Paddling Upstream

Alvin Josephy passed away almost two decades ago, but time and again, during this coronavirus/Black Lives crisis, I have heard him shout in my ear that when our history books don’t lie about Indians, they ignore them.

When the NYT sends a reporter to the Navajo Nation to document the terrible impact of Covid-19 on the people, the world reads and sighs—and then the story goes to the back pages or to no page at all. When George Floyd is killed by police in Minneapolis, and Indigenous singers and jingle dancers from many tribes go to the site of the killing to pay homage and honor the man, a video from Indian participants sneaks out on Facebook. Indians and their tribute are barely visible in the national press.

When people come into the Josephy Center where I work and get the first pages of the Nez Perce story—the one about Wallowa lands left to the Joseph Band of the Nez Read The Article

Alvin Josephy, the Listening Man

Gordie High Eagle, Millie Zollman, Albert Barros 

On Sunday at the Josephy Center we honored Alvin with Nez Perce drums and talk and a new exhibit highlighting some of the milestones in his life. This all followed the opening of a splendid Nez Perce Art Show. The show, mounted in celebration of the Nez Perce National Historical Park’s Fiftieth Anniversary, features art that tribal members make for each other—the buckskin shirt, cornhusk bag, moccasins, beaded horse regalia and headdresses worn for ceremony and parade. It’s here for June, then goes to the History Center in Lewiston, Idaho.

The Josephy exhibit stays put!

And, it seems to me, the story it tells—and the honoring of him on Sunday made this explicit—is that Alvin Josephy was a “listener.”

Bobbie Conner, the director of the Tamástslikt Cultural Institute on the Umatilla Reservation, spoke emotionally about conversations between her grandfather and Alvin in the 50s and 60s. Alvin, she said, listened to Indians, and Read The Article

New Intern—and a Life Magazine find

Dave Struthers, a recent graduate of Stanford University from Sacramento, California, is our new Josephy Library intern. He started yesterday, and we started him tracking down the Time Magazine “color” spreads that Alvin did from 1951-61. We have about a dozen old mags here, with color articles on Oceanography, The Interstate Highway System, the Amazon, Central Asia, US National Forest, The Amazon, etc. In a note from the publisher in one issue, Alvin is credited with traveling 400,000 miles in four years on such assignments!
In this, Alvin’s “centenary year,” we aim to get all of the Time Magazine issues he had anything to do with—my recollection is that he was charged with doing one 8-12 page color spread per month. Maybe we can eventually figure out how to post them electronically…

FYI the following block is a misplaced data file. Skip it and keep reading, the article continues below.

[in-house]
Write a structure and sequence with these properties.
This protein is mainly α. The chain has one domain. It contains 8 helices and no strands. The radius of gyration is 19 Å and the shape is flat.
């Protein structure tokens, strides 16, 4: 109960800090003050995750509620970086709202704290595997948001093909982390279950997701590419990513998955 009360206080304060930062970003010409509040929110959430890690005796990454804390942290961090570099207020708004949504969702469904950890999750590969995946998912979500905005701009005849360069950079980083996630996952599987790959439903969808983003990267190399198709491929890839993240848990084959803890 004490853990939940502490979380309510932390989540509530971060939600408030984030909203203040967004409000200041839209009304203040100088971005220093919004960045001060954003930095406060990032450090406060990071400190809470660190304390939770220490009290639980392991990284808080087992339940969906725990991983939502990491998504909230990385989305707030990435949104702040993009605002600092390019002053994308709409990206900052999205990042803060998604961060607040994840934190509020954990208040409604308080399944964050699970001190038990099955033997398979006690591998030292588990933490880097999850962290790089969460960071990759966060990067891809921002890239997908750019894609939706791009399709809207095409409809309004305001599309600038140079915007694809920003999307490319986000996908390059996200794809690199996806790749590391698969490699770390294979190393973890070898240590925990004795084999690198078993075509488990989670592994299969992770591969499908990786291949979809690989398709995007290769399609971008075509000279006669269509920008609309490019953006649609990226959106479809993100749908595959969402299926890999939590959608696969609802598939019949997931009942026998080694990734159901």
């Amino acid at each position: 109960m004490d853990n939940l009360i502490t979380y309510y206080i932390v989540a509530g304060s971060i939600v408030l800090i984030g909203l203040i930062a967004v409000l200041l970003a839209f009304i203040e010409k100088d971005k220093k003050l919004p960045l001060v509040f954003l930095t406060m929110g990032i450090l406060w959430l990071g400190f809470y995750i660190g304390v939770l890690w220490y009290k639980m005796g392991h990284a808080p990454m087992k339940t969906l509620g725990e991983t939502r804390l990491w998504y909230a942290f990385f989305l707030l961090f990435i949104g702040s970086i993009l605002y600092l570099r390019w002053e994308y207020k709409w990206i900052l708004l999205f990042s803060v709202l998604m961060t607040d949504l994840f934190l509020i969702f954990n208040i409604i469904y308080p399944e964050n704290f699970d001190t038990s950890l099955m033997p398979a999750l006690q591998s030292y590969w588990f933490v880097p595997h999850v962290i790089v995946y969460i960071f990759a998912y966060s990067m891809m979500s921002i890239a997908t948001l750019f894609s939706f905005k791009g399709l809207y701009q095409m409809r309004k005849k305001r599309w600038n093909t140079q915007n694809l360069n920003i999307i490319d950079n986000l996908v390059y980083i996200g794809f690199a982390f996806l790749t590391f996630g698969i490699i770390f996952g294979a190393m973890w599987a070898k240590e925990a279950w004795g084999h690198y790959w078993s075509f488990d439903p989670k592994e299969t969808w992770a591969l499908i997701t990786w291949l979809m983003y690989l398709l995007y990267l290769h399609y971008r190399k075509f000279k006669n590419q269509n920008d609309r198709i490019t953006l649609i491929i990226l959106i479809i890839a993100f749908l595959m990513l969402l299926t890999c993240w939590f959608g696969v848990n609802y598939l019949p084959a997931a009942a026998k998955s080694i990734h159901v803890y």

July 2, 1971

But I couldn’t resist a morning diversion, and the result of which, courtesy Dave, is that we can give you, electronically, the complete article that

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Alvin, Henry Luce, and their times

“You don’t know what it was like to work for Henry Luce!” Alvin blurted, and ran from the room to fetch an old folder. Alvin, Betty, daughter Allison and I were in the Josephy family living room in Greenwich, looking at home movies which had been transferred to a VCR tape. The scene was Mexico in the mid fifties. The kids—teenager Diane and the younger Alvin, Allison, and Kathy—were cavorting for the camera in and around a gorgeous swimming pool. The camera occasionally switched to a pipe smoking Alvin, wearing a bathing suit, hunched over a typewriter set on a small table at the edge of the pool.

I knew that Alvin had been working for Time Magazine when he found the Nez Perce story, that he had been waiting in Los Angeles to go to Utah to do a story on that state when a telegram from Henry Luce, whose flight had been forced down in Boise, advised him Read The Article

Josephy and David McCullough—the narrative historian

Always, for Alvin, “story” was the important notion in “history.” He insisted on accuracy, trusted the testimony of individuals, and was disgusted by some of the stilted prose and arcane argument of the academics. He loved the idea of history permeating our lives. And capturing its excitement and making it available to the greatest number of citizens was done by writing clean prose and telling good stories.

In 1961, Alvin left Time Magazine for an upstart hard cover magazine called American Heritage. In 1964, he hired a literature major from Yale who had worked for Sports Illustrated and the Unlisted States Information Agency to join him. Multiple Pulitzer Prizes and National Book Awards later, David McCullough would say that American Heritage was his “graduate school.”

In the fall of 1984, I went to Jackson Hole, Wyoming to sit in the audience as the Snake River Institute honored Alvin Josephy with a weekend of readings, speeches, films and discussions

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